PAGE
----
In two public hearings within the past week, only three people spoke against a proposed 5 percent increase in the tax rate for property owners within the city of Liberty Hill.
The Liberty Hill City Council has given preliminary approval to an ad valorem rate of $0.563735 per $100 property value. The proposed rate is the highest rate that could be set before voters could initiate rollback proceedings, thus two hearings were required.
The Council has not adopted a budget for fiscal 2013 and has held two workshops to discuss a spending plan proposed by Mayor Jamie Williamson.
“One of the problems I have is that every year when you set a budget you don’t let the people see what the proposed budget is,” said Jack Harkrider, a former city council member. “I recommend you start letting us know what the proposed budget is so we can give input.”
Jon Branigan, a local business owner, said Liberty Hill does not need to be viewed as the city that continuously raises taxes.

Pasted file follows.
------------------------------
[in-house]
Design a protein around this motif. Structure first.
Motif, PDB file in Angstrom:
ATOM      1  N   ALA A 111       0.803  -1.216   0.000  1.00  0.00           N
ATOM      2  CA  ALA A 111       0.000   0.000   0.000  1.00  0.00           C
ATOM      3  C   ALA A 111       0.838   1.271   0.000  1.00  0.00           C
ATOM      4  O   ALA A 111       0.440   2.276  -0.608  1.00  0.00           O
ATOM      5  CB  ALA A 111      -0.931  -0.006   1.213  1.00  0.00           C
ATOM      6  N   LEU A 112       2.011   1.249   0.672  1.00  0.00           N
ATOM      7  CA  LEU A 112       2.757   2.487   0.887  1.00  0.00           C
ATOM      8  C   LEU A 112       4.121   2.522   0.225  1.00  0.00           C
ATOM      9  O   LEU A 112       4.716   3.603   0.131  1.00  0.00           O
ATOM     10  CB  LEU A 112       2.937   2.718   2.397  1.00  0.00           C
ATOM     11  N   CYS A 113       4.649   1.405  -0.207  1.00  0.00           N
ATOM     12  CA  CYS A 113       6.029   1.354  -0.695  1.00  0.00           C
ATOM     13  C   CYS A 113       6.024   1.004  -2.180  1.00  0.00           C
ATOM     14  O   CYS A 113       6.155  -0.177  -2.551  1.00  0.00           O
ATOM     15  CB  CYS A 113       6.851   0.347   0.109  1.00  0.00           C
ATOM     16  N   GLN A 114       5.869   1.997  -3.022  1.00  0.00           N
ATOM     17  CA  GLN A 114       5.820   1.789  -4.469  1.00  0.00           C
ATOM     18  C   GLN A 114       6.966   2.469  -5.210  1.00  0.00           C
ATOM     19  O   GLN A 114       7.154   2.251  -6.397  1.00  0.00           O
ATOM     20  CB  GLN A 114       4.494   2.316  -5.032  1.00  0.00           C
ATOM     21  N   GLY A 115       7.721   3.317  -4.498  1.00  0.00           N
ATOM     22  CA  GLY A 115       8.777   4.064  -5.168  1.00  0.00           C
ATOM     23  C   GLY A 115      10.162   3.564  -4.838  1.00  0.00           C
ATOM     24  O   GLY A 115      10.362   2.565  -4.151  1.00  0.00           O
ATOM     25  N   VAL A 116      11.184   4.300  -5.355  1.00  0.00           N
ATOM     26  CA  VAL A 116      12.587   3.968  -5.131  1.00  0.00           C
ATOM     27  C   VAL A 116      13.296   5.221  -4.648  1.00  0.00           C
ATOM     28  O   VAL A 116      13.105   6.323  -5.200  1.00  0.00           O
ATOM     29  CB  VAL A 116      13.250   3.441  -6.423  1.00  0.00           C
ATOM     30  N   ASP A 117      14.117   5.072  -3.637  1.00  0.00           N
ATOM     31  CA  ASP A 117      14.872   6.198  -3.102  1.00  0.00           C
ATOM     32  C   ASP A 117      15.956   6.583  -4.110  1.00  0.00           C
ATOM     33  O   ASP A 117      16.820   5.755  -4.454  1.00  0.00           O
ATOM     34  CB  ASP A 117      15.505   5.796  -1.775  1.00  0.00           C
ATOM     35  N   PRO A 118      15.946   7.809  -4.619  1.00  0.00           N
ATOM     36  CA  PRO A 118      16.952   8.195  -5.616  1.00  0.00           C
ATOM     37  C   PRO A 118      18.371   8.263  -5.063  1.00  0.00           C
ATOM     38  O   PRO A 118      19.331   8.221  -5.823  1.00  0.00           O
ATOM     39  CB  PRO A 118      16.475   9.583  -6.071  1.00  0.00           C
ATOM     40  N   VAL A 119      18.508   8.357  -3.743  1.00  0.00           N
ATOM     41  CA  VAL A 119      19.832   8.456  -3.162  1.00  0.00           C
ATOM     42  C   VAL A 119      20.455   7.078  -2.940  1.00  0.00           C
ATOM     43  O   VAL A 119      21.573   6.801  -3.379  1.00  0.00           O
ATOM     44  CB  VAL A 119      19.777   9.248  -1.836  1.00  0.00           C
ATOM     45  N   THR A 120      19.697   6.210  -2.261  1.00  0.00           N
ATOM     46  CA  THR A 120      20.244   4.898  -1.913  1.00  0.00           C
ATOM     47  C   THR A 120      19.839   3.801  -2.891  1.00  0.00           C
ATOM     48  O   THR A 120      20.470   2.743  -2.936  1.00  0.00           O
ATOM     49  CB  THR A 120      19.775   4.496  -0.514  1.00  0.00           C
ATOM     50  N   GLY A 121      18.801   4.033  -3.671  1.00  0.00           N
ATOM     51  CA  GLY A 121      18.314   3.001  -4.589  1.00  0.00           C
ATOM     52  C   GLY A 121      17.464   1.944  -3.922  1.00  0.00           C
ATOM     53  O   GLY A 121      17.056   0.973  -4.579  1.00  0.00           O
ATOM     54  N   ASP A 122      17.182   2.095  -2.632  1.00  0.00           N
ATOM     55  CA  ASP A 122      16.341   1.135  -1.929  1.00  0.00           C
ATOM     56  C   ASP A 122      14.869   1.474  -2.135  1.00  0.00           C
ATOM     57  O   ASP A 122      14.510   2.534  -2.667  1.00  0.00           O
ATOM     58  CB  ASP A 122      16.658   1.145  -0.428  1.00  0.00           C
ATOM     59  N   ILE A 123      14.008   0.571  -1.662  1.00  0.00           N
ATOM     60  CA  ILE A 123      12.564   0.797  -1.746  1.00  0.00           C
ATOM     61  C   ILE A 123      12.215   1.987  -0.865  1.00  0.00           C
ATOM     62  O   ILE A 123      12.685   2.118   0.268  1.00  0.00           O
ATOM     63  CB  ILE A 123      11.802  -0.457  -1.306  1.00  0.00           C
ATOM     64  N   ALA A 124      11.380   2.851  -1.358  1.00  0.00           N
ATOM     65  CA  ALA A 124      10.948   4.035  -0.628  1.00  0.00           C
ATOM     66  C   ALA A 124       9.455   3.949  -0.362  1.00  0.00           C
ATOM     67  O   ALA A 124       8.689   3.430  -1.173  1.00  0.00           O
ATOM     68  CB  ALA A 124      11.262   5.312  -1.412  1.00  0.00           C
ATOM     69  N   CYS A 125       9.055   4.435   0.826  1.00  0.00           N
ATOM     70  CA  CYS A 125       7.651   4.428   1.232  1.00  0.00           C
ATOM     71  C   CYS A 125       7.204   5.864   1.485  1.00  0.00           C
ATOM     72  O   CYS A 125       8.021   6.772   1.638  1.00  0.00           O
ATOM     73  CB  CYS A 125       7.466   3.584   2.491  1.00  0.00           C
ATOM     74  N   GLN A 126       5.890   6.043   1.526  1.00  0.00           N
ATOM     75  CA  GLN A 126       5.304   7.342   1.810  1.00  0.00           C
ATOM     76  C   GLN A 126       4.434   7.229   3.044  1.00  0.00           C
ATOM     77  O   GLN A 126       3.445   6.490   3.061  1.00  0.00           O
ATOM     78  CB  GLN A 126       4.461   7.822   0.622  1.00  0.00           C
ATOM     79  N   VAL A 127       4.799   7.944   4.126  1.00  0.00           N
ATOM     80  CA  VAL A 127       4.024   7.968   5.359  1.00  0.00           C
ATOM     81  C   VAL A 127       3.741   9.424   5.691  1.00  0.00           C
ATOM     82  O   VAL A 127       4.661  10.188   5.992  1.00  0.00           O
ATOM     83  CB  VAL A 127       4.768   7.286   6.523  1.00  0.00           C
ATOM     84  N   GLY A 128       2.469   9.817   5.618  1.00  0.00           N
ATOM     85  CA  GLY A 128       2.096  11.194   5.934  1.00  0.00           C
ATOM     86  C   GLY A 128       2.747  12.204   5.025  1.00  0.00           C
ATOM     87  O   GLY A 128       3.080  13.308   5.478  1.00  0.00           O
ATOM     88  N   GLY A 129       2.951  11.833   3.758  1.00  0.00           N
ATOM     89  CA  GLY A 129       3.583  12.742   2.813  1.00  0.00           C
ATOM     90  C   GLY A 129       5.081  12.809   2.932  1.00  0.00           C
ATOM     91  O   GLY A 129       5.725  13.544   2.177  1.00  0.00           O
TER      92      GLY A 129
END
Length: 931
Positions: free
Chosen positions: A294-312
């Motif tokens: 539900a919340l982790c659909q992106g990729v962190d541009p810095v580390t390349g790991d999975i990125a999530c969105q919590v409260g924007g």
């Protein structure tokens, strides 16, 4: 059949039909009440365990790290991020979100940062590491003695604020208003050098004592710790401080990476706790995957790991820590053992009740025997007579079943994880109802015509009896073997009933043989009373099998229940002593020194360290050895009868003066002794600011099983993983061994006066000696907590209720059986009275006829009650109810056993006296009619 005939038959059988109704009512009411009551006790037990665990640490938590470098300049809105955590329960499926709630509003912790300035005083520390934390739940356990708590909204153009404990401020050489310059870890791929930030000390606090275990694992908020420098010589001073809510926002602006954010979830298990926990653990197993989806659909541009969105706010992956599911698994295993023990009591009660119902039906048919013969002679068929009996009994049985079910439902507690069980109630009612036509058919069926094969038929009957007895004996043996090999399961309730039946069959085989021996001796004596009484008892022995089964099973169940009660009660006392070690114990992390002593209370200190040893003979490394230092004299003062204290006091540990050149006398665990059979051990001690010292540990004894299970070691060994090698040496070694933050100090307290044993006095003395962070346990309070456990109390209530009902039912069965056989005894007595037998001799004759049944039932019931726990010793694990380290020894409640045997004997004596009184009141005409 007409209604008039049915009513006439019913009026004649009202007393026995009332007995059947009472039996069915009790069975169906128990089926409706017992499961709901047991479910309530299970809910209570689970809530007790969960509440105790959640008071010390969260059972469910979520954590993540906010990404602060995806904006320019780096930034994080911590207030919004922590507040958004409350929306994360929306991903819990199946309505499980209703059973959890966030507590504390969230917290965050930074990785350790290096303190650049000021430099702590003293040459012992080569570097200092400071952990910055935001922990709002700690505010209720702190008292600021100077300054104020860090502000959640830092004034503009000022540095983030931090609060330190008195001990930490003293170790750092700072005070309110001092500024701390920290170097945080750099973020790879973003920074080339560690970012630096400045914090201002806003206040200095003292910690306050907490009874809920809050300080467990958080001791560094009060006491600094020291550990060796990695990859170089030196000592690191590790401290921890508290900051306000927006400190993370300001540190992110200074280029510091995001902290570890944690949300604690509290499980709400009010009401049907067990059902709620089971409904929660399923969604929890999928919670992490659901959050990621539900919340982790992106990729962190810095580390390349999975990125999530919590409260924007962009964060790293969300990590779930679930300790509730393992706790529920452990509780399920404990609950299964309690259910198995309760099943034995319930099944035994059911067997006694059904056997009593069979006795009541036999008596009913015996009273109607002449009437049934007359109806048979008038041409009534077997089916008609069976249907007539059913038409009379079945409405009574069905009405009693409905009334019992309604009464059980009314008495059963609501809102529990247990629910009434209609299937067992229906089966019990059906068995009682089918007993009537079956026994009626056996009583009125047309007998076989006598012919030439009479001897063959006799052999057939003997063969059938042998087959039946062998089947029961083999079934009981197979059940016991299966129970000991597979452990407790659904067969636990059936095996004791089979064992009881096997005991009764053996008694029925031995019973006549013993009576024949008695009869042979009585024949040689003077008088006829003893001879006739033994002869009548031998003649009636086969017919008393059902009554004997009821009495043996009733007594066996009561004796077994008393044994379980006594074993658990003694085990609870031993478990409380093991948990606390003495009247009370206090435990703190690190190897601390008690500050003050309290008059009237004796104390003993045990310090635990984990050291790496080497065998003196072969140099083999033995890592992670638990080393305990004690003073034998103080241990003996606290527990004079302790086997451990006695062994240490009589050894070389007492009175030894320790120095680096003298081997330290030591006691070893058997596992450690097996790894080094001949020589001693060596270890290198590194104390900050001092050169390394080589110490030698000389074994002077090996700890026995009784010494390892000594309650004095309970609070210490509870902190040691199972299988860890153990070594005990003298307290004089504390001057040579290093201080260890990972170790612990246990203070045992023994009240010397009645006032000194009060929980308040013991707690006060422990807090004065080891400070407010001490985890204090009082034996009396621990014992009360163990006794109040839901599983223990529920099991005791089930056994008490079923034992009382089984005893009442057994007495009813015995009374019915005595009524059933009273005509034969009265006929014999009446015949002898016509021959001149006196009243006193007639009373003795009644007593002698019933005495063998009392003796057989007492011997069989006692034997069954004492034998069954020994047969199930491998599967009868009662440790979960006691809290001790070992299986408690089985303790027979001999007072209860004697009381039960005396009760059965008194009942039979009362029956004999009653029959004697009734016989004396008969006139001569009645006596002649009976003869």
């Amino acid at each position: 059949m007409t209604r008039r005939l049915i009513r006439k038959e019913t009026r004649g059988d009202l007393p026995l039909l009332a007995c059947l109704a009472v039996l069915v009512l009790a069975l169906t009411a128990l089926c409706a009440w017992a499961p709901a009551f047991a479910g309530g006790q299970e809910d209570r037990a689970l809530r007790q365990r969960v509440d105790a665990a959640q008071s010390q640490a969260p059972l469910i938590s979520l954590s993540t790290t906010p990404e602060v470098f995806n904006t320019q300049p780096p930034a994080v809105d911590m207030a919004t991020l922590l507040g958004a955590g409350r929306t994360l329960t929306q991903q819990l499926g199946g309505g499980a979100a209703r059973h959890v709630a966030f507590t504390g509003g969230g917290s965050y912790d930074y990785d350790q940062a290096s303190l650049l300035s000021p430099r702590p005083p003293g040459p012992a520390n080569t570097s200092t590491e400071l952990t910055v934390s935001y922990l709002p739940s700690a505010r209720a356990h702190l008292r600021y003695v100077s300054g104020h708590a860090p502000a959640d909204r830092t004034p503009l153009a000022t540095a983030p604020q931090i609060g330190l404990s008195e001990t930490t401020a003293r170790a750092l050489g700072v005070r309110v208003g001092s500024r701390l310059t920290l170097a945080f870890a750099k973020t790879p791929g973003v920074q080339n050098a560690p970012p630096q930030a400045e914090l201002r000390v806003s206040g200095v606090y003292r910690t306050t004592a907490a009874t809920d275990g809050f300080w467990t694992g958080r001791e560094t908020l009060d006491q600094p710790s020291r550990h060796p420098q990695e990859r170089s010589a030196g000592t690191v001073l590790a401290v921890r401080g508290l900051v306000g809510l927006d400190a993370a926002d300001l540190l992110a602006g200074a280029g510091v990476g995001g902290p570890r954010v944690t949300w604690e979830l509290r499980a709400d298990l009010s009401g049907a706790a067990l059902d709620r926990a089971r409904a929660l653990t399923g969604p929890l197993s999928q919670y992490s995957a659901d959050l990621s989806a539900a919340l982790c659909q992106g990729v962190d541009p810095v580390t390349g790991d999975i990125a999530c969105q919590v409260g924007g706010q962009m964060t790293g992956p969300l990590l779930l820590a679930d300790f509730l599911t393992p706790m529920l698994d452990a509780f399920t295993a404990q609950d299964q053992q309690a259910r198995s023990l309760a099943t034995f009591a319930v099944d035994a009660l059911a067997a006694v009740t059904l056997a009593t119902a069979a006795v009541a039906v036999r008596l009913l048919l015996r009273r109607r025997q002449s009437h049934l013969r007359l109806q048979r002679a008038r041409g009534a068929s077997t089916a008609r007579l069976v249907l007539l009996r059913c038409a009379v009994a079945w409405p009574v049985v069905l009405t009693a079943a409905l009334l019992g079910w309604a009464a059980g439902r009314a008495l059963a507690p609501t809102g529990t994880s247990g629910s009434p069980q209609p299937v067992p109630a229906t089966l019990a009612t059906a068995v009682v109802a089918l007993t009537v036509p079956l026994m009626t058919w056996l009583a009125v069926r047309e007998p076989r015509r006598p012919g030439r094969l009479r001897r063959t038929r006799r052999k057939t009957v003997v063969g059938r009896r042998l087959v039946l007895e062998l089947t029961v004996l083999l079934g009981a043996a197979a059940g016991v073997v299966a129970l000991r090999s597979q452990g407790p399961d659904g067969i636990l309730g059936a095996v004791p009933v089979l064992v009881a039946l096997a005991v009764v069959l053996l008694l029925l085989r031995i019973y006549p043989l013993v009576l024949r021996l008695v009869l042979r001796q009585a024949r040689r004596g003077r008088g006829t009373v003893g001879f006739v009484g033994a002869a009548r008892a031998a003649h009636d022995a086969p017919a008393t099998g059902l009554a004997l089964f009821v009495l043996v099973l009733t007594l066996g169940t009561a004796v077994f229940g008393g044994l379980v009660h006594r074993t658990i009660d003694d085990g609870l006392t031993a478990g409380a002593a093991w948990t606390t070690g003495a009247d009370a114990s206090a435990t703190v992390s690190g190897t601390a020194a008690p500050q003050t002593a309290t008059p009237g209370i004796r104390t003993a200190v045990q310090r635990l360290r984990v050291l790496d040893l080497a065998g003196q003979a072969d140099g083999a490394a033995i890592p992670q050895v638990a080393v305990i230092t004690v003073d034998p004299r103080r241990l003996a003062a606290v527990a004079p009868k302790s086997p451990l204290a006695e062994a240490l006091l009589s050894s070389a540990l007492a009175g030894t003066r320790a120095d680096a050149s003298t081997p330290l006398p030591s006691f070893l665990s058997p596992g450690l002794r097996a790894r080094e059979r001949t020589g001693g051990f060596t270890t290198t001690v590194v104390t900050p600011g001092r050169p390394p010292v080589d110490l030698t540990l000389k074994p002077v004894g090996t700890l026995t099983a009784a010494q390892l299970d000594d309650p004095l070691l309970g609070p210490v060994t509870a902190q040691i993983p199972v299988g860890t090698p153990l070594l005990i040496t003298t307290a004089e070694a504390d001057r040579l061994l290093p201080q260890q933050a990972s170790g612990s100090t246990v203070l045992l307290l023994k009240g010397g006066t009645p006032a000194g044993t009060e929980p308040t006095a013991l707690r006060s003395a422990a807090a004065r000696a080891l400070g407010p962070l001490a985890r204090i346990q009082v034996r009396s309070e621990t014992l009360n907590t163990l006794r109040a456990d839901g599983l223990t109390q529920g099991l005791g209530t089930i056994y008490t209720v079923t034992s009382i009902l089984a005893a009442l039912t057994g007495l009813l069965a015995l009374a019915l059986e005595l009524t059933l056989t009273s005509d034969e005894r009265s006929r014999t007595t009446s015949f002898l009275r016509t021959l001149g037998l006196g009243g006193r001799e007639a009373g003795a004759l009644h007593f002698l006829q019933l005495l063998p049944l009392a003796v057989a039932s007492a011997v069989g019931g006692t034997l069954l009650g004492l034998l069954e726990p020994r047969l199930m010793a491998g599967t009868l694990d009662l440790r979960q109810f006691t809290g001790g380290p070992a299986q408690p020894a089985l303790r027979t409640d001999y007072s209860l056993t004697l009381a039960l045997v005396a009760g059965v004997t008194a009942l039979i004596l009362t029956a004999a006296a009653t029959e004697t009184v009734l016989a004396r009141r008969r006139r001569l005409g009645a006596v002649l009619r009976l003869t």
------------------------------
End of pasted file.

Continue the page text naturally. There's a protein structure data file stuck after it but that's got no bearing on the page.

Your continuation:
“There are plenty of places where the budget can be cut. You may have to tell people (employees), sorry no raises or cut back on services.”
Branigan said when residential property values drop within the city limits, a tax increase becomes the burden of commercial property owners.
“Businesses won’t want to be here if tax rate increases,” he said.
Although he did not speak on the issue during the designated public hearing on the tax rate Monday, Jim Dillon told the Council during the public comments portion of that meeting that tax hikes in the past two years placed a burden on taxpayers and that burden is compounded by the current increase proposed.
“This year, you may think you’re doing no harm with a 5 percent increase, but it is compounded by what you’ve done in previous years,” Dillon said.
The Council must set a tax rate and adopt a budget before the start of the new fiscal year Oct. 1.